* * *
Some people — when they step into the ring — lead with their left; some lead with their right. I always led with my sister.
It was a Saturday night. I was eleven. My sister, Corinne, was sixteen and she was giving an acting recital at the Wisconsin College of Music, where her teacher, Herman Gottlieb, had his studio. It was a small auditorium stuffed with about two hundred people. While everyone sat and waited for the show to start, there was so much loud talking that I wondered how Corinne would stand it. When the lights started to fade, everyone talked louder for a few seconds. Then they all whispered. Then ... darkness!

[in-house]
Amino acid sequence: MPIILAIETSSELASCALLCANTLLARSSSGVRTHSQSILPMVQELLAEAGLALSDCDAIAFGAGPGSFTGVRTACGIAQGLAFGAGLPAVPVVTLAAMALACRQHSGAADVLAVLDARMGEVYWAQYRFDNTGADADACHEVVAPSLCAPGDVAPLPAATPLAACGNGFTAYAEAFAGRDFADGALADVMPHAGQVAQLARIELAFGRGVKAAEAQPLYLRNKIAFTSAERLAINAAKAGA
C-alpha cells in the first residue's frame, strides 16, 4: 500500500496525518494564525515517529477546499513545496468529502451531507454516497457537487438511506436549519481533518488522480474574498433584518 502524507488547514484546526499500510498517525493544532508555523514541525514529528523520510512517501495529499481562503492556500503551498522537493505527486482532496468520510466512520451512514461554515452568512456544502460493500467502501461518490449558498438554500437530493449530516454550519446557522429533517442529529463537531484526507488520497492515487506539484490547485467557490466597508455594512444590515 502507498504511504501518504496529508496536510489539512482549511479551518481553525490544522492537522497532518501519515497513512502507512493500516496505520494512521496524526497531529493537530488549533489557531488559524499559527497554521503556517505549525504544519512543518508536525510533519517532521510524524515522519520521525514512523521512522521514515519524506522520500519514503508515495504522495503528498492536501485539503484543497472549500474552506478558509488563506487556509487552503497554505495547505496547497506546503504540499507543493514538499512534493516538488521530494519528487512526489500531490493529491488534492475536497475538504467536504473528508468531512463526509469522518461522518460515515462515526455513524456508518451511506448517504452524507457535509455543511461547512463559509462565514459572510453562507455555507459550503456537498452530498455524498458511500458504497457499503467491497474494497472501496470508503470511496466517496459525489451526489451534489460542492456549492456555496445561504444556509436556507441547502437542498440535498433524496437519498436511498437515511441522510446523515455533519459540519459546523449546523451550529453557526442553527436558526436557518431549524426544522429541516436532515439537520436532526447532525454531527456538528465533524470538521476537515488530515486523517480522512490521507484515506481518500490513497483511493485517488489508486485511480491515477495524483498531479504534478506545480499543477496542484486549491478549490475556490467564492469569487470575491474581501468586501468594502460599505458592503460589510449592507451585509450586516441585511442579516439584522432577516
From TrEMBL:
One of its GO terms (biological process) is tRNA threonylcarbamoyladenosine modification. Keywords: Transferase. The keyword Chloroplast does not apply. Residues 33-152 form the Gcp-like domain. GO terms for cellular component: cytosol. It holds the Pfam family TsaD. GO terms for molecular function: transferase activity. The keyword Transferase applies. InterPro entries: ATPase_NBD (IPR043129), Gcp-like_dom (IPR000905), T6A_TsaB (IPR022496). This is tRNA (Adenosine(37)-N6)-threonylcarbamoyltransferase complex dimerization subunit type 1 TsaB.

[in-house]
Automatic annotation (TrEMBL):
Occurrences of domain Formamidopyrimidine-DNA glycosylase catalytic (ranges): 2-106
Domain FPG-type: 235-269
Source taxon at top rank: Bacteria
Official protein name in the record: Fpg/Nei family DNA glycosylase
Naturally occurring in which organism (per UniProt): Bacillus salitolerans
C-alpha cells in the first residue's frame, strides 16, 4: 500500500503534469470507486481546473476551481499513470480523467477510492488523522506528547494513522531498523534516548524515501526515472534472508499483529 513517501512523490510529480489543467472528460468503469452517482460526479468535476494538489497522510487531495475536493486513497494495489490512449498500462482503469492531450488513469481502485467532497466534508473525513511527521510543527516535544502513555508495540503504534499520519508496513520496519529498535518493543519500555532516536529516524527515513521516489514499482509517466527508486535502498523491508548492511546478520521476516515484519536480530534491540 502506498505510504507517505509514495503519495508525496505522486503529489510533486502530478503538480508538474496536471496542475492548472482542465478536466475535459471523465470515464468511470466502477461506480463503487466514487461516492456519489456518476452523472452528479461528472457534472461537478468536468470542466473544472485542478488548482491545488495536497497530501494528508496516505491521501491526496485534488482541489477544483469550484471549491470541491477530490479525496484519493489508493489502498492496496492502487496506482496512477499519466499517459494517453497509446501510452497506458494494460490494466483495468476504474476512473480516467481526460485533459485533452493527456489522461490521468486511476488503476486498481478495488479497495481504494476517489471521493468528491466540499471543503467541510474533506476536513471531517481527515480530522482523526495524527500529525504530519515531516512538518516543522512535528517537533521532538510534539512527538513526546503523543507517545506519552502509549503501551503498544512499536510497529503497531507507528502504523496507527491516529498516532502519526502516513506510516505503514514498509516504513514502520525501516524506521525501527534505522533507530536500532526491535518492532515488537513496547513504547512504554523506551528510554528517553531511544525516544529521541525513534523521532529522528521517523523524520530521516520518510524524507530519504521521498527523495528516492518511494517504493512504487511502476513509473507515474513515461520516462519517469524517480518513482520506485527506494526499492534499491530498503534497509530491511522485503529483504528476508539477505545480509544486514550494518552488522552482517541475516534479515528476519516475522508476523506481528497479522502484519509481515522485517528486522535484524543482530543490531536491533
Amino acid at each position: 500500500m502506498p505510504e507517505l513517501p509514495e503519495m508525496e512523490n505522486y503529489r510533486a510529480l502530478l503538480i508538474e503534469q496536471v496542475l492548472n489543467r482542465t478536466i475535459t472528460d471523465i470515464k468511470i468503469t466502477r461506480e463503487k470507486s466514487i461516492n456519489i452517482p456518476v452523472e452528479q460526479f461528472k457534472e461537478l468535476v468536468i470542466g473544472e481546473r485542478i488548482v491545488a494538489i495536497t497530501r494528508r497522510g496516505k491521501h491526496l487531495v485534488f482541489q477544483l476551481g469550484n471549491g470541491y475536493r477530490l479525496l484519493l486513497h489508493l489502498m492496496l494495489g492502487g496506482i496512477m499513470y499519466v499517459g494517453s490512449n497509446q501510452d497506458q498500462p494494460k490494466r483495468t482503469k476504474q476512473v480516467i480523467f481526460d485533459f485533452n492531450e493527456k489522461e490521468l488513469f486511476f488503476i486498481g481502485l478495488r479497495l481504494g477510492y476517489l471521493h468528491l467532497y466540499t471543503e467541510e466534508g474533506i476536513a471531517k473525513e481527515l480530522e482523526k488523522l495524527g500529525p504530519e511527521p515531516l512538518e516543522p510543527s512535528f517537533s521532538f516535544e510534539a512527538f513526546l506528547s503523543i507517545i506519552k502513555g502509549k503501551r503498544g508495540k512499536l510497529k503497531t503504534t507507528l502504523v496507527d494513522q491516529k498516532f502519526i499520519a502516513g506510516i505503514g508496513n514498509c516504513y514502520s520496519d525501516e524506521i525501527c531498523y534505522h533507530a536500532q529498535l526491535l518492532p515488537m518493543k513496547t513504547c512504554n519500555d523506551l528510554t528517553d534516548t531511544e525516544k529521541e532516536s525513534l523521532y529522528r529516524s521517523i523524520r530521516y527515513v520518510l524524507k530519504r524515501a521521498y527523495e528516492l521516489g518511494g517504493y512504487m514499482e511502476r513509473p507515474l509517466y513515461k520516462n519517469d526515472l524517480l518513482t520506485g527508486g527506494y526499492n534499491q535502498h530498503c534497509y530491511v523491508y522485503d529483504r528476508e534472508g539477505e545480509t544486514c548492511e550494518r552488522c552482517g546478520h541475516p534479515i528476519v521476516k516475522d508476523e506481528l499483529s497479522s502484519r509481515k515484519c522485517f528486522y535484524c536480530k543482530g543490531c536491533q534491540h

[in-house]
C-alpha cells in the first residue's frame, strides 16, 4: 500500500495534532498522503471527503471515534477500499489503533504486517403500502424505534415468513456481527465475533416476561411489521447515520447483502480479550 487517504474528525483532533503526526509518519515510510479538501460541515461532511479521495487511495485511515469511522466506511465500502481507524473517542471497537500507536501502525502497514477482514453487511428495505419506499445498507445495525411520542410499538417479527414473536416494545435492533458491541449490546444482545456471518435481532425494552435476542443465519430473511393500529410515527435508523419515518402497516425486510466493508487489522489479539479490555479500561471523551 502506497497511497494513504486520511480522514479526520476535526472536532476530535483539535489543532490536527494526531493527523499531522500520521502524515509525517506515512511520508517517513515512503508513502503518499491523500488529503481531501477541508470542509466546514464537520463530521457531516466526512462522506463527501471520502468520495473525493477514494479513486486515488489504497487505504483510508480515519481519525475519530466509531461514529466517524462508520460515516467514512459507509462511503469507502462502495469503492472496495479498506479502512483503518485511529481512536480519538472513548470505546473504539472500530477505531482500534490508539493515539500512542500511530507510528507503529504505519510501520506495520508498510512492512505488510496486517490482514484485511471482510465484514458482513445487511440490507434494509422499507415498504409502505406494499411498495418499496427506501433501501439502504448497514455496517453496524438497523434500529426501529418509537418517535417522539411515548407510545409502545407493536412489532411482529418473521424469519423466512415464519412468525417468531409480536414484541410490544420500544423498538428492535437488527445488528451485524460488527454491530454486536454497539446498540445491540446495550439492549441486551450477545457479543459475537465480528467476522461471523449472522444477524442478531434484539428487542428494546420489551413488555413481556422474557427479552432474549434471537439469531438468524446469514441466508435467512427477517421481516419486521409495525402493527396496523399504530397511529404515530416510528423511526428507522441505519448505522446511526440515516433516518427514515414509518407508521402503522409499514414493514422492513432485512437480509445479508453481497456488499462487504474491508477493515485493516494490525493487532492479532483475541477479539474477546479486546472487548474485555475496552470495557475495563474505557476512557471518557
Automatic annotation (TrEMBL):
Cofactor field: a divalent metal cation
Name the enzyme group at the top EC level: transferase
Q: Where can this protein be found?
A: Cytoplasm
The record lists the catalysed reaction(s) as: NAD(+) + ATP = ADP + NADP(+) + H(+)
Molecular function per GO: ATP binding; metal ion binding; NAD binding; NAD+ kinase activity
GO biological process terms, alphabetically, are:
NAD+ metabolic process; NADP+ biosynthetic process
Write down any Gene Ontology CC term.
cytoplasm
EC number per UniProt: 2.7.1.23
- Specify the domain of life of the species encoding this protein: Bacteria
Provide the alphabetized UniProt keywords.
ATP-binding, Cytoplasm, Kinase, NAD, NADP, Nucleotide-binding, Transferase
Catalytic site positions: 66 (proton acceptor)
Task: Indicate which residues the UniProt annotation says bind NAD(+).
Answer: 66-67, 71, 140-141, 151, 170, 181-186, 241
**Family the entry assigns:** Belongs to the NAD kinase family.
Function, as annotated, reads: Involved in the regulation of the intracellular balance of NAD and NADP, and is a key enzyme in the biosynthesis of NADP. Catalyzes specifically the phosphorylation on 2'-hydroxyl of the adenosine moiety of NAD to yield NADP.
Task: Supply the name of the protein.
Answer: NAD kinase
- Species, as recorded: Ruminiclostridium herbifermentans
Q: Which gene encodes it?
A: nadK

A spotlight hit the center of the stage, and there was Corinne, wearing a full-length aqua gown. For the next twenty minutes she performed "The Necklace," a short story by Guy de Maupassant that she had memorized. All eyes were on Corinne. The audience was listening to every word. You could hear a pin drop. Everyone applauded her at the end. I remember thinking that this must be as close to actually being God as you could get.
I went up to Mr. Gottlieb and asked if I could study acting with him.
"How old are you?" he asked. "Eleven."
"Wait till you're thirteen. If you still want to study acting, I'll take you on."